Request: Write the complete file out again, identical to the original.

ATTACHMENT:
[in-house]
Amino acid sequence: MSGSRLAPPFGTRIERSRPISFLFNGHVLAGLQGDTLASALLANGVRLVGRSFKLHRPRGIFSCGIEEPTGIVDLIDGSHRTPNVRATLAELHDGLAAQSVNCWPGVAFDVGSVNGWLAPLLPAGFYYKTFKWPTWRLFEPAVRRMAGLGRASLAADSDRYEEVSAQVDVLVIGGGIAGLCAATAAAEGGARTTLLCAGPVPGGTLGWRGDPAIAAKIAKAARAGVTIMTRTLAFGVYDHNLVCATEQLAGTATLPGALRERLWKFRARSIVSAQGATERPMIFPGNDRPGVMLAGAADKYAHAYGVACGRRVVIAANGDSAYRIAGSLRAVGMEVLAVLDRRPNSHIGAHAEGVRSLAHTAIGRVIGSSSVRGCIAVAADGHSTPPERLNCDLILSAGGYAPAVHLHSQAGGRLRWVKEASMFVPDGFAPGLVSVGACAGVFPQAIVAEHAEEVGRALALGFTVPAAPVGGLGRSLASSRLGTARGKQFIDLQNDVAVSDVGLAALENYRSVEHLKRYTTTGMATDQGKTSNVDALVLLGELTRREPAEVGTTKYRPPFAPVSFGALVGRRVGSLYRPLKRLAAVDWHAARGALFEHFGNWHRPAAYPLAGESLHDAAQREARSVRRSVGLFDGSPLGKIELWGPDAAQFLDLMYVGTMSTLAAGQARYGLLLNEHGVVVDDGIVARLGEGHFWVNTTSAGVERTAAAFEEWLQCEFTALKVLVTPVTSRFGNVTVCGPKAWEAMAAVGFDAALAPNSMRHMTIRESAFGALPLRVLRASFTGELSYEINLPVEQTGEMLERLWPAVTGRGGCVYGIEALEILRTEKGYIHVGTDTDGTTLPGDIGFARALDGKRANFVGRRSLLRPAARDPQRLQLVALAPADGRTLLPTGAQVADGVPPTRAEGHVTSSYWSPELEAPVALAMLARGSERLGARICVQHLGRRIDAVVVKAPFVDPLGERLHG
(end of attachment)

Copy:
[in-house]
Amino acid sequence: MSGSRLAPPFGTRIERSRPISFLFNGHVLAGLQGDTLASALLANGVRLVGRSFKLHRPRGIFSCGIEEPTGIVDLIDGSHRTPNVRATLAELHDGLAAQSVNCWPGVAFDVGSVNGWLAPLLPAGFYYKTFKWPTWRLFEPAVRRMAGLGRASLAADSDRYEEVSAQVDVLVIGGGIAGLCAATAAAEGGARTTLLCAGPVPGGTLGWRGDPAIAAKIAKAARAGVTIMTRTLAFGVYDHNLVCATEQLAGTATLPGALRERLWKFRARSIVSAQGATERPMIFPGNDRPGVMLAGAADKYAHAYGVACGRRVVIAANGDSAYRIAGSLRAVGMEVLAVLDRRPNSHIGAHAEGVRSLAHTAIGRVIGSSSVRGCIAVAADGHSTPPERLNCDLILSAGGYAPAVHLHSQAGGRLRWVKEASMFVPDGFAPGLVSVGACAGVFPQAIVAEHAEEVGRALALGFTVPAAPVGGLGRSLASSRLGTARGKQFIDLQNDVAVSDVGLAALENYRSVEHLKRYTTTGMATDQGKTSNVDALVLLGELTRREPAEVGTTKYRPPFAPVSFGALVGRRVGSLYRPLKRLAAVDWHAARGALFEHFGNWHRPAAYPLAGESLHDAAQREARSVRRSVGLFDGSPLGKIELWGPDAAQFLDLMYVGTMSTLAAGQARYGLLLNEHGVVVDDGIVARLGEGHFWVNTTSAGVERTAAAFEEWLQCEFTALKVLVTPVTSRFGNVTVCGPKAWEAMAAVGFDAALAPNSMRHMTIRESAFGALPLRVLRASFTGELSYEINLPVEQTGEMLERLWPAVTGRGGCVYGIEALEILRTEKGYIHVGTDTDGTTLPGDIGFARALDGKRANFVGRRSLLRPAARDPQRLQLVALAPADGRTLLPTGAQVADGVPPTRAEGHVTSSYWSPELEAPVALAMLARGSERLGARICVQHLGRRIDAVVVKAPFVDPLGERLHG